Insights: Week Of July 18, 2022

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The Treasury Department this week issued a finding of violation against MidFirst Bank in Oklahoma—an action which highlights the importance of real-time screening. Although MidFirst avoided a monetary penalty for processing 34 payments on behalf of two individuals who were sanctioned by OFAC under the Weapons of Mass Destruction Proliferators Sanctions Regulations, its sanctions compliance failure serves as a lesson to other financial institutions, as well as mars its reputation. Most of the violations occurred within hours of OFAC’s designations, and the bank relied on its screening vendor to catch newly sanctioned individuals and entities, which only updated its screening of the bank’s customers once a month.

After discovering the violations and reporting them to OFAC, MidWest changed its compliance procedures to include a manual process that will notify it “of all OFAC list updates” and to manually rescreen the customer base whenever OFAC updates the SDN list, highlighting the importance of human-driven analysis and monitoring to supplement automated tools in real time.

The Wall Street Journal reported this week the advantages of using AI to help detect financial crimes, noting that AI could improve efficiencies to allow firms and financial institutions to better direct investigative resources. AI tools are, indeed, useful in increasing productivity and performance when detecting illicit financial transactions and sanctions evasion. However, identifying constantly evolving evasion methodologies and money-laundering techniques, foreign name variations, tax ID number fraud, and jurisdictional adjustments that allow bad actors to slip by automated screening processes, requires linguistic and regional expertise provided by experienced and certified analysts.

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Compliance and Due Diligence

How can Russia circumvent the EU ban on Russian gold that was passed by the bloc this week? Gold represents Russia’s biggest non-energy export, and the EU has agreed to ban Russian gold imports, as well as freeze the assets of Sberbank, Russia’s biggest bank. Counterfeit trade will probably help Russia mitigate some of the effects of the EU sanctions, and as usual, India and China will likely pick up at least some of the slack.

Russia has been diversifying its payment strategies, expanding the use of non-western currencies to circumvent sanctions. Moscow in April began accepting payments in Chinese yuan in exchange for coal and oil shipments. An Indian cement producer also used Chinese yuan to buy Russian raw materials. In addition, India is apparently refining a portion of the crude oil it buys from Russia and selling it to the EU and United States.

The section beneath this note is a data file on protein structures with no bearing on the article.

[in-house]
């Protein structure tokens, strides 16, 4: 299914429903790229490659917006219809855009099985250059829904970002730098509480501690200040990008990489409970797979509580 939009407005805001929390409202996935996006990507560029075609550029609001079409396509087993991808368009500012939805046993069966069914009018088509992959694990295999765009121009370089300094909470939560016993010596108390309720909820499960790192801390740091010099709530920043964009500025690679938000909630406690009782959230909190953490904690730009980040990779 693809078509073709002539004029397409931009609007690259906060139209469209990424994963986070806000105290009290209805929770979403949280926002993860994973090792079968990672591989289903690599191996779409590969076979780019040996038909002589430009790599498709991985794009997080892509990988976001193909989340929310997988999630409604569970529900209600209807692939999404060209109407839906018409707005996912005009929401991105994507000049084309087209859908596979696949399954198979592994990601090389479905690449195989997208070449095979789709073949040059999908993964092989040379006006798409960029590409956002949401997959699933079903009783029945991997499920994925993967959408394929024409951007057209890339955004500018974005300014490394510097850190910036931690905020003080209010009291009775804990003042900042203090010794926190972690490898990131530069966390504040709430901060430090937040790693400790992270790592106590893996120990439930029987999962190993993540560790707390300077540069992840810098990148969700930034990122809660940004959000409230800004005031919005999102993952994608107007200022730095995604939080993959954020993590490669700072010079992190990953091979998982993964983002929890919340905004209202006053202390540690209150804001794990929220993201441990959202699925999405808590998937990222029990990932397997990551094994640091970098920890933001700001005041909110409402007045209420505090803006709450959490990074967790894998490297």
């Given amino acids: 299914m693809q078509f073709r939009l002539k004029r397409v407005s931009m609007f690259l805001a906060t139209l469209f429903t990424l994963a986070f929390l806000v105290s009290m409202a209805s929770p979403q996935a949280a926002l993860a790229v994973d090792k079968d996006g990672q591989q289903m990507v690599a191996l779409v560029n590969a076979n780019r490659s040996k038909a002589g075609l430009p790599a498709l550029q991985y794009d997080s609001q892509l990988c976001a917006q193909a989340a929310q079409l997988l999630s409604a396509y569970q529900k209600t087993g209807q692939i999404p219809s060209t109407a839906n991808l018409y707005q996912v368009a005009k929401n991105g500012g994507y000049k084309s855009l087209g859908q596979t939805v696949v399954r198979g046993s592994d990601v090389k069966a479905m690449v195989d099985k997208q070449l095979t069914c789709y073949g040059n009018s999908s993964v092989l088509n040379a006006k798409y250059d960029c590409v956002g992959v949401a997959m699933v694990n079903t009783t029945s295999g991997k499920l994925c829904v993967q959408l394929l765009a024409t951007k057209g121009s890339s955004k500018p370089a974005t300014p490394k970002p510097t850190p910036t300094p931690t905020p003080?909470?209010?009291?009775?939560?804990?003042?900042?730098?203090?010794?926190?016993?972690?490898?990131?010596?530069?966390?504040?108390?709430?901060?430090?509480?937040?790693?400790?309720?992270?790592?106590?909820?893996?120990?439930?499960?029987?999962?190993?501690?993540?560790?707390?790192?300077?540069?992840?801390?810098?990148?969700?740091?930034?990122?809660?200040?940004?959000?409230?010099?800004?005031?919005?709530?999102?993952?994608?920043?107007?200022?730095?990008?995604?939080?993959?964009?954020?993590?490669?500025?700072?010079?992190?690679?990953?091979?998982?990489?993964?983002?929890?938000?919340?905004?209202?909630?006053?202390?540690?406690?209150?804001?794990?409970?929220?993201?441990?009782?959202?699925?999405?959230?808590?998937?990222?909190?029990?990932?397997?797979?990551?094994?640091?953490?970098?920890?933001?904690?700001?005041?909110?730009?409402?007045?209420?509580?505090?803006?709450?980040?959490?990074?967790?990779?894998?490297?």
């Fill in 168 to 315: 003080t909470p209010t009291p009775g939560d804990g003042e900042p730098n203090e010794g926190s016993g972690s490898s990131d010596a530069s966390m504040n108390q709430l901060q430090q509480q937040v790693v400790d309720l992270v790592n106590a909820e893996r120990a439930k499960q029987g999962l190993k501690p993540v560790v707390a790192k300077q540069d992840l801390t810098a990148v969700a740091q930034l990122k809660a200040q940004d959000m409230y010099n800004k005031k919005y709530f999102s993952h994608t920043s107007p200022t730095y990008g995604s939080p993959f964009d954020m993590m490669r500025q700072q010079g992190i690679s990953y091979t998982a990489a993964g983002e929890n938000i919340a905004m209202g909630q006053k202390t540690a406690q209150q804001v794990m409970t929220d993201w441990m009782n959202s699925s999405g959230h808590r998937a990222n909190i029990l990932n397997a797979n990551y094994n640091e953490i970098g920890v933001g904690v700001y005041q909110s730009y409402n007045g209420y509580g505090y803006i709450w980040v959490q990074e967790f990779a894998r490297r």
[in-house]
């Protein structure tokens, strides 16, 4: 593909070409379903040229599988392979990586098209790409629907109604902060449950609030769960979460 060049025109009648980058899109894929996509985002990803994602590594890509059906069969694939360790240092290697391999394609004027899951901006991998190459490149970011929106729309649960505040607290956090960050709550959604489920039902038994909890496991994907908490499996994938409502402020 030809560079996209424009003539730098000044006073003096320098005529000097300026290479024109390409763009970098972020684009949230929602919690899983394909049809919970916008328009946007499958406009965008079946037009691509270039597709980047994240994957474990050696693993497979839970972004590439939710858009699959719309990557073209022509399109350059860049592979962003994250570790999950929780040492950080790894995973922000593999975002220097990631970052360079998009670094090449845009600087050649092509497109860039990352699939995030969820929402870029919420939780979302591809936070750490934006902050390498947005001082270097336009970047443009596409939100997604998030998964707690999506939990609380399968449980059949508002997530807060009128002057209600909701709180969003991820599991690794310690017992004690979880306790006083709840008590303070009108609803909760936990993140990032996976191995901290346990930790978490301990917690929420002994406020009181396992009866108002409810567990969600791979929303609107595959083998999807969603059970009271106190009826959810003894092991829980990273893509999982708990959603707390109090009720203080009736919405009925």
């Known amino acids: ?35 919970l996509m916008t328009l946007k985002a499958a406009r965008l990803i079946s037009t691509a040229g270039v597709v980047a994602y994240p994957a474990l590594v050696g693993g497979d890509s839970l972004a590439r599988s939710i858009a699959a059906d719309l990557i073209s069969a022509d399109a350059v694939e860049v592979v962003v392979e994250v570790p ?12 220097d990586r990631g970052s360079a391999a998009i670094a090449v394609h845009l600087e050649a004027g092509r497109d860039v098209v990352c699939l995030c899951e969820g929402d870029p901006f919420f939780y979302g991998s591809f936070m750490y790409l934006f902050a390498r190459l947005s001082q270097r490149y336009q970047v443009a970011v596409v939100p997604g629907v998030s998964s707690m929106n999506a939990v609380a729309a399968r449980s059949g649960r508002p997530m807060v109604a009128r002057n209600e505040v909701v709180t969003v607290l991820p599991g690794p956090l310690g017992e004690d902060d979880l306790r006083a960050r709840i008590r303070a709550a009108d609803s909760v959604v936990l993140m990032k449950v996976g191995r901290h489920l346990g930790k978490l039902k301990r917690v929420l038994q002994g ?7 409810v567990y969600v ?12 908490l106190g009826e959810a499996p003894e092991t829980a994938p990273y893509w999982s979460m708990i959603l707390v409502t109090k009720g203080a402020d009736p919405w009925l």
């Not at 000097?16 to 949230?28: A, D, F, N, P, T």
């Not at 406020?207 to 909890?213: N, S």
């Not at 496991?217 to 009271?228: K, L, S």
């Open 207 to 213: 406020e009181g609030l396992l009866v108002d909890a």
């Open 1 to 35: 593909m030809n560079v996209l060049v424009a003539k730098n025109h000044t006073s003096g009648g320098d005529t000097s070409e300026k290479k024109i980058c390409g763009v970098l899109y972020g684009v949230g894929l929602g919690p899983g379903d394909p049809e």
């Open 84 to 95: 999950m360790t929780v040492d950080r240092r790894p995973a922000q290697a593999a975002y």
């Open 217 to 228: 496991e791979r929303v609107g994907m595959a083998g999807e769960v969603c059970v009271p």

The House of Representatives this week approved a Countering America’s Adversaries Through Sanctions Act (CAASTA) sanctions waiver for India for its purchase of the Russian S-400 missile defense system. The amendment to the National Defense Authorization Act urges the Biden administration to provide the waiver to help deter aggressors like China.

President Biden has signed an executive order to punish wrongful detention of US citizens abroad by authorizing government agencies to impose sanctions or other punitive measures on groups and governments that are detaining Americans. The James W. Foley Legacy Foundation—named after an American journalist abducted and killed in Syria—says that more than 60 Americans are currently wrongfully detained in 18 countries, including Russia, Iran, and Venezuela.

A DC circuit court this week upheld a Commerce Department decision to hold FedEx liable for shipments that violated the Export Control Act. The federal government claimed that the shipper knew or should have known that “its screening software did not flag a transaction unless the name of the recipient/consignee exactly matched the full name of the entity” on the Bureau of Industry and Security’s (BIS) “Entity List,” even where the “address information was identical or nearly identical.” The company had sent items to Syria, the UAE, and China without obtaining the required licenses.

Hong Kong-based textile and apparel manufacturer the Esquel Group has failed to have BIS restrictions removed against one its subsidiaries over alleged links to forced labor in China’s Xinjiang region, where China’s Uyghur population is detained. The US Court of Appeals denied a bid by Changji Esquel Textile Company, which has a spinning mill in Xinjiang, for a preliminary injunction against its inclusion on the “Entity List.”

Latvia is accusing eight former ABLV Bank managing employees, including the bank’s former co-owner, Ernests Bernis, and former deputy chairman of the board, Vadims Reinfelds, of laundering 2.1 billion euros. FinCEN announced in February 2018 its plans to name the bank as a financial institution of primary money laundering concern for assisting with North Korea’s nuclear arms program, as well as illegal financial activities in Azerbaijan, Russia, and Ukraine.